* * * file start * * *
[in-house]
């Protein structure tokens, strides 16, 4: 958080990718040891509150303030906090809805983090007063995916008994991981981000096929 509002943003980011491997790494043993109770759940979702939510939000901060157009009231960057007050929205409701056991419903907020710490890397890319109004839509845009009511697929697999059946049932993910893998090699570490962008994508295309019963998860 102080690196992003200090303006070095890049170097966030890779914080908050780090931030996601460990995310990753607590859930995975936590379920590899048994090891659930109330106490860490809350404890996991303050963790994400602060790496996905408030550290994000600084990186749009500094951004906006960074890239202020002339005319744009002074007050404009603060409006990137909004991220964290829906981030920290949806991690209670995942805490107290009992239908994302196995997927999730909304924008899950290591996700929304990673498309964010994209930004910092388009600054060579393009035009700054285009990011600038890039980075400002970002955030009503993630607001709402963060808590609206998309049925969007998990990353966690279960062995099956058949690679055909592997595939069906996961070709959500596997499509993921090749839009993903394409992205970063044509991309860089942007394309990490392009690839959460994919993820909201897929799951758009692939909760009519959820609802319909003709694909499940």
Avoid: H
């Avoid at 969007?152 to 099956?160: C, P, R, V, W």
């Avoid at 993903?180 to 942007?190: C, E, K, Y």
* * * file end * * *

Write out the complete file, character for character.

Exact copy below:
[in-house]
């Protein structure tokens, strides 16, 4: 958080990718040891509150303030906090809805983090007063995916008994991981981000096929 509002943003980011491997790494043993109770759940979702939510939000901060157009009231960057007050929205409701056991419903907020710490890397890319109004839509845009009511697929697999059946049932993910893998090699570490962008994508295309019963998860 102080690196992003200090303006070095890049170097966030890779914080908050780090931030996601460990995310990753607590859930995975936590379920590899048994090891659930109330106490860490809350404890996991303050963790994400602060790496996905408030550290994000600084990186749009500094951004906006960074890239202020002339005319744009002074007050404009603060409006990137909004991220964290829906981030920290949806991690209670995942805490107290009992239908994302196995997927999730909304924008899950290591996700929304990673498309964010994209930004910092388009600054060579393009035009700054285009990011600038890039980075400002970002955030009503993630607001709402963060808590609206998309049925969007998990990353966690279960062995099956058949690679055909592997595939069906996961070709959500596997499509993921090749839009993903394409992205970063044509991309860089942007394309990490392009690839959460994919993820909201897929799951758009692939909760009519959820609802319909003709694909499940």
Avoid: H
């Avoid at 969007?152 to 099956?160: C, P, R, V, W």
């Avoid at 993903?180 to 942007?190: C, E, K, Y």